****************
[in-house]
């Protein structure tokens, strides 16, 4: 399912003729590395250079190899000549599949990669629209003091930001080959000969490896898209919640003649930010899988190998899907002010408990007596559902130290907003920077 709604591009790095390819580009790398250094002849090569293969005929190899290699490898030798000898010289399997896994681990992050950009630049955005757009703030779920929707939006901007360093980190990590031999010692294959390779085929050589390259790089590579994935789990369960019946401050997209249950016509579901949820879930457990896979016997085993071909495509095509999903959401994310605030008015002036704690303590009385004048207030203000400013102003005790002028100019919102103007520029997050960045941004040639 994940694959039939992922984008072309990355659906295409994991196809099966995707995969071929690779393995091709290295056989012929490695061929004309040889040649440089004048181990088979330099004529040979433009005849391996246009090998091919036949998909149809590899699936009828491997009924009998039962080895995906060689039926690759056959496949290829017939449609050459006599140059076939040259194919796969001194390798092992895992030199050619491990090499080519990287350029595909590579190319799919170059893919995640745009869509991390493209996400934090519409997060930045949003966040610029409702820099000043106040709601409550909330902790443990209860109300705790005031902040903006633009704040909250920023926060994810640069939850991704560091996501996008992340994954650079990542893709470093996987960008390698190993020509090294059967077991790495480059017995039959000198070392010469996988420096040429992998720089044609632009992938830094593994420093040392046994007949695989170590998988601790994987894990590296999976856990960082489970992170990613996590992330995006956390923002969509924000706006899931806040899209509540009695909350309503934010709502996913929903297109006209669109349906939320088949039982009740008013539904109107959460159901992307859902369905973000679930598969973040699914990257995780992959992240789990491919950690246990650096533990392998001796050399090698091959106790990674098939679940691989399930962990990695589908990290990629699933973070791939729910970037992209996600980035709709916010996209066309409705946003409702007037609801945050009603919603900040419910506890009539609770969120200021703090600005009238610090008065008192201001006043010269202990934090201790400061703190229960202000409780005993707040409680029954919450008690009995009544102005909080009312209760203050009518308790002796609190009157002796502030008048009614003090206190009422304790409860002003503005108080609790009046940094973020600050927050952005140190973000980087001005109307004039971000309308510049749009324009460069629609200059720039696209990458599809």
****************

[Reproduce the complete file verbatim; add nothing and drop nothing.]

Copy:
[in-house]
């Protein structure tokens, strides 16, 4: 399912003729590395250079190899000549599949990669629209003091930001080959000969490896898209919640003649930010899988190998899907002010408990007596559902130290907003920077 709604591009790095390819580009790398250094002849090569293969005929190899290699490898030798000898010289399997896994681990992050950009630049955005757009703030779920929707939006901007360093980190990590031999010692294959390779085929050589390259790089590579994935789990369960019946401050997209249950016509579901949820879930457990896979016997085993071909495509095509999903959401994310605030008015002036704690303590009385004048207030203000400013102003005790002028100019919102103007520029997050960045941004040639 994940694959039939992922984008072309990355659906295409994991196809099966995707995969071929690779393995091709290295056989012929490695061929004309040889040649440089004048181990088979330099004529040979433009005849391996246009090998091919036949998909149809590899699936009828491997009924009998039962080895995906060689039926690759056959496949290829017939449609050459006599140059076939040259194919796969001194390798092992895992030199050619491990090499080519990287350029595909590579190319799919170059893919995640745009869509991390493209996400934090519409997060930045949003966040610029409702820099000043106040709601409550909330902790443990209860109300705790005031902040903006633009704040909250920023926060994810640069939850991704560091996501996008992340994954650079990542893709470093996987960008390698190993020509090294059967077991790495480059017995039959000198070392010469996988420096040429992998720089044609632009992938830094593994420093040392046994007949695989170590998988601790994987894990590296999976856990960082489970992170990613996590992330995006956390923002969509924000706006899931806040899209509540009695909350309503934010709502996913929903297109006209669109349906939320088949039982009740008013539904109107959460159901992307859902369905973000679930598969973040699914990257995780992959992240789990491919950690246990650096533990392998001796050399090698091959106790990674098939679940691989399930962990990695589908990290990629699933973070791939729910970037992209996600980035709709916010996209066309409705946003409702007037609801945050009603919603900040419910506890009539609770969120200021703090600005009238610090008065008192201001006043010269202990934090201790400061703190229960202000409780005993707040409680029954919450008690009995009544102005909080009312209760203050009518308790002796609190009157002796502030008048009614003090206190009422304790409860002003503005108080609790009046940094973020600050927050952005140190973000980087001005109307004039971000309308510049749009324009460069629609200059720039696209990458599809």